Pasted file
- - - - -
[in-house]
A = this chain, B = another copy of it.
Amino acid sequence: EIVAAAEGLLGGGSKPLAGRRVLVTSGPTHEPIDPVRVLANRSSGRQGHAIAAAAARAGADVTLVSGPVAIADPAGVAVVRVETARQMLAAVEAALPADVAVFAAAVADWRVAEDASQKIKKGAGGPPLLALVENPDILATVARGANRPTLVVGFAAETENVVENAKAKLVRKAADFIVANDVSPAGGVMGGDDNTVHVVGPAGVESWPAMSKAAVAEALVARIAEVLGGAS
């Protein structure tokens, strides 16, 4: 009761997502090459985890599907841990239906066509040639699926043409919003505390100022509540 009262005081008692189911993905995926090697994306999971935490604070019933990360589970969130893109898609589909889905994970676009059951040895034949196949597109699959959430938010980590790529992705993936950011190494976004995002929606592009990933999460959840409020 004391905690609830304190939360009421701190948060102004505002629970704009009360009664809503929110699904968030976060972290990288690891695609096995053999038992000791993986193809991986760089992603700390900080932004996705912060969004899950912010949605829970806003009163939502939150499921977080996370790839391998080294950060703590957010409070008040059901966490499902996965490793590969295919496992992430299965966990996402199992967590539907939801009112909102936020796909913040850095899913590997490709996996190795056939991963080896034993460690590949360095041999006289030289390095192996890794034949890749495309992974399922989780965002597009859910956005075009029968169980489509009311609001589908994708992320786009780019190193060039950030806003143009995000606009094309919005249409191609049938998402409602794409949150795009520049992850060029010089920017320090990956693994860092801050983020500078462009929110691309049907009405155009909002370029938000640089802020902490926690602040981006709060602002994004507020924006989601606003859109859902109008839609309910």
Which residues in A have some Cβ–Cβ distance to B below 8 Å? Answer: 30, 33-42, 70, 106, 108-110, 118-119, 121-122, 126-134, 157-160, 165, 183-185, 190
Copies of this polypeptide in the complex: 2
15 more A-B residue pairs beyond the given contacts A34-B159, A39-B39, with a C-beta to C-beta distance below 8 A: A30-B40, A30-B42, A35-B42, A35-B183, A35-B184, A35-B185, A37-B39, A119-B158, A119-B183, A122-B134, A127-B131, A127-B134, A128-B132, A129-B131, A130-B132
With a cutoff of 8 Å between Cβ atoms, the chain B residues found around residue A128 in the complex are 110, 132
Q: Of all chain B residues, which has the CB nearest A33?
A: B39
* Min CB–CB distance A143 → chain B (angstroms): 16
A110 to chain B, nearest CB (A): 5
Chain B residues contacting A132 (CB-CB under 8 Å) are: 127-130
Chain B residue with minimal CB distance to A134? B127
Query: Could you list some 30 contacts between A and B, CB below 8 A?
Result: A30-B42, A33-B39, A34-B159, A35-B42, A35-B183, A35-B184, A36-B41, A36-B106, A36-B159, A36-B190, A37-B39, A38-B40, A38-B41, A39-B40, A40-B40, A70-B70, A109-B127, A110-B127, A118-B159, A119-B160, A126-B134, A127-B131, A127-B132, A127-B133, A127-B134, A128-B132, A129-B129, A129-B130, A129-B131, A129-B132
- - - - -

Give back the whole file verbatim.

[in-house]
A = this chain, B = another copy of it.
Amino acid sequence: EIVAAAEGLLGGGSKPLAGRRVLVTSGPTHEPIDPVRVLANRSSGRQGHAIAAAAARAGADVTLVSGPVAIADPAGVAVVRVETARQMLAAVEAALPADVAVFAAAVADWRVAEDASQKIKKGAGGPPLLALVENPDILATVARGANRPTLVVGFAAETENVVENAKAKLVRKAADFIVANDVSPAGGVMGGDDNTVHVVGPAGVESWPAMSKAAVAEALVARIAEVLGGAS
């Protein structure tokens, strides 16, 4: 009761997502090459985890599907841990239906066509040639699926043409919003505390100022509540 009262005081008692189911993905995926090697994306999971935490604070019933990360589970969130893109898609589909889905994970676009059951040895034949196949597109699959959430938010980590790529992705993936950011190494976004995002929606592009990933999460959840409020 004391905690609830304190939360009421701190948060102004505002629970704009009360009664809503929110699904968030976060972290990288690891695609096995053999038992000791993986193809991986760089992603700390900080932004996705912060969004899950912010949605829970806003009163939502939150499921977080996370790839391998080294950060703590957010409070008040059901966490499902996965490793590969295919496992992430299965966990996402199992967590539907939801009112909102936020796909913040850095899913590997490709996996190795056939991963080896034993460690590949360095041999006289030289390095192996890794034949890749495309992974399922989780965002597009859910956005075009029968169980489509009311609001589908994708992320786009780019190193060039950030806003143009995000606009094309919005249409191609049938998402409602794409949150795009520049992850060029010089920017320090990956693994860092801050983020500078462009929110691309049907009405155009909002370029938000640089802020902490926690602040981006709060602002994004507020924006989601606003859109859902109008839609309910």
Which residues in A have some Cβ–Cβ distance to B below 8 Å? Answer: 30, 33-42, 70, 106, 108-110, 118-119, 121-122, 126-134, 157-160, 165, 183-185, 190
Copies of this polypeptide in the complex: 2
15 more A-B residue pairs beyond the given contacts A34-B159, A39-B39, with a C-beta to C-beta distance below 8 A: A30-B40, A30-B42, A35-B42, A35-B183, A35-B184, A35-B185, A37-B39, A119-B158, A119-B183, A122-B134, A127-B131, A127-B134, A128-B132, A129-B131, A130-B132
With a cutoff of 8 Å between Cβ atoms, the chain B residues found around residue A128 in the complex are 110, 132
Q: Of all chain B residues, which has the CB nearest A33?
A: B39
* Min CB–CB distance A143 → chain B (angstroms): 16
A110 to chain B, nearest CB (A): 5
Chain B residues contacting A132 (CB-CB under 8 Å) are: 127-130
Chain B residue with minimal CB distance to A134? B127
Query: Could you list some 30 contacts between A and B, CB below 8 A?
Result: A30-B42, A33-B39, A34-B159, A35-B42, A35-B183, A35-B184, A36-B41, A36-B106, A36-B159, A36-B190, A37-B39, A38-B40, A38-B41, A39-B40, A40-B40, A70-B70, A109-B127, A110-B127, A118-B159, A119-B160, A126-B134, A127-B131, A127-B132, A127-B133, A127-B134, A128-B132, A129-B129, A129-B130, A129-B131, A129-B132